4

I might be in a rather unique situation. I earned my bachelor’s degree from my university in May 2014. Since my junior year of university, I was convinced that I wanted to take the LSAT and apply to law school. I had originally planned to apply to law school in the first semester of my senior year and start attending in fall 2015. However, after taking my first LSAT in October 2013, I decided to focus on my senior-year GPA instead of spending the entire fall semester studying for the LSAT. I retook the LSAT after graduating and applied to a few different law schools. I always knew that law school was expensive, and I heard that it is useless to go to law school these days unless it is a prestigious school. After getting accepted to a law school, I made the ultimate decision to not pursue a legal education mainly due to financial reasons and job prospects. The school only offered to give me loans and gave me only two weeks for an enrollment decision after emailing me the acceptance letter. I changed my career path and will apply to a few different master’s programs in the field I would now like to study.

Currently, I am working at a part-time job, while making preparations to apply to graduate school this fall. When I was applying to law school last fall, I had requested recommendation letters from two different professors. I am just wondering, but would it be possible to ask these same professors again for recommendation letters? Would they think that I look like an undecided, wavering person and thus, be reluctant to write another letter for me? Also, would I just candidly explain my one-year gap after my graduation in my statement of purpose?

  • A professor who cared about you will be happy that you have come up with a way you think will work for you to embark on new and exciting studies. // Also remember that parents (mostly women, but men more and more often) face gaps in employment and studies all the time, and Academia has learned to deal with it. It's okay to have a gap. This isn't a race. – aparente001 Oct 14 '15 at 4:51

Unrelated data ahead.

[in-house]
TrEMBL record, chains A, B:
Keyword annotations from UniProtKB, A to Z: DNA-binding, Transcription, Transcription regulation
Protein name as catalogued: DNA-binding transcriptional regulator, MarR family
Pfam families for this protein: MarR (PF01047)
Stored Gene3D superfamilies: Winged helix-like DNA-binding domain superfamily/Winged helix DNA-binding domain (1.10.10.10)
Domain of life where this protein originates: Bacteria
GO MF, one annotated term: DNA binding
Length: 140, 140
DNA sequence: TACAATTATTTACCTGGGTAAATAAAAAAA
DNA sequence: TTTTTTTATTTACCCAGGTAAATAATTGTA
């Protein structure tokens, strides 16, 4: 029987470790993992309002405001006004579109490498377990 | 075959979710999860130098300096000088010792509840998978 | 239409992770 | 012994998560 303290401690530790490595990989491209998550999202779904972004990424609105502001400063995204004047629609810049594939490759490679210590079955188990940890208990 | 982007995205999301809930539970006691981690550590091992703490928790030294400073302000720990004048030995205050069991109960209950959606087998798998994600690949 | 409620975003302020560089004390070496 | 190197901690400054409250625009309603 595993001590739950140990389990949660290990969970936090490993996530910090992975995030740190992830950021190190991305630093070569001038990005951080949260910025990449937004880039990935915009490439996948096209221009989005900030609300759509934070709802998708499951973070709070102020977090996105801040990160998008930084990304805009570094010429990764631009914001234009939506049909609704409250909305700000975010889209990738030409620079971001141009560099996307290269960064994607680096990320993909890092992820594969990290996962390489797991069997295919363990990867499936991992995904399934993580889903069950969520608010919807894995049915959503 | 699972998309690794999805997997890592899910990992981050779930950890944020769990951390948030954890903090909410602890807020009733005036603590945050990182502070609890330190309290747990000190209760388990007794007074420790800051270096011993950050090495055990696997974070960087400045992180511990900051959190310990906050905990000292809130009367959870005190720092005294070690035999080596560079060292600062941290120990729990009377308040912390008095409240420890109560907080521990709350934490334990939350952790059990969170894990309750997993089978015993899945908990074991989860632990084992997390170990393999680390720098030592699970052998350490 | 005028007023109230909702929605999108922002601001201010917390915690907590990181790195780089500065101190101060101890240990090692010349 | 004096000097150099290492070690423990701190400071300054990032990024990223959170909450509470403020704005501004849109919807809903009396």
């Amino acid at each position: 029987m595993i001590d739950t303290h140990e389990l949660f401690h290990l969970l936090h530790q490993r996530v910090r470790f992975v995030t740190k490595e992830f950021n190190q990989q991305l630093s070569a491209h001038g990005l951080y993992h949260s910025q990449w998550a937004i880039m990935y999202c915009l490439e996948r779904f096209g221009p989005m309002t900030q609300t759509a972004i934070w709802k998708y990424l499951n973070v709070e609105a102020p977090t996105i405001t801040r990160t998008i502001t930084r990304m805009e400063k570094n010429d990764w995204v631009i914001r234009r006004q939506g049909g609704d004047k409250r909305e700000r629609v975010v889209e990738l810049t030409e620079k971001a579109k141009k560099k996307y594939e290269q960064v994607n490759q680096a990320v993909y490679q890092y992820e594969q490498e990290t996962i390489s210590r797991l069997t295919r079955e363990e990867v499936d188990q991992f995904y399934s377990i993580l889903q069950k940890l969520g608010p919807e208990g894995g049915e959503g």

3

Would it be possible to ask these same professors again for recommendation letters?

Yes, it is possible.

Would they think that I look like an undecided, wavering person and thus, be reluctant to write another letter for me?

If they don't want to write another letter, they can decline. You can briefly explain what you've been up to and should explain briefly why you decided to pursue the new field of study. It's possible your recommenders might see you as having stronger skills for the new field than for law, in which case your letter might actually be stronger than before. Much of what they wrote might be general enough that they won't have to change much from the prior letter if they do choose to write you a new one.

Also, would I just candidly explain my one-year gap after my graduation in my statement of purpose?

In your statement of purpose, while not trying to hide or paper over your one-year gap, focus on why you want to move forward in the direction you're applying for. If you had experiences or learned things in that one year that helped inspire, drive, or prepare you for that field, it may be helpful to mention them. Help your reader understand why you want to work in the field you're applying for, and think about what those reasons are (esp. if you have reasons that go beyond just job prospects).

Your Answer

By clicking “Post Your Answer”, you agree to our terms of service, privacy policy and cookie policy

Not the answer you're looking for? Browse other questions tagged or ask your own question.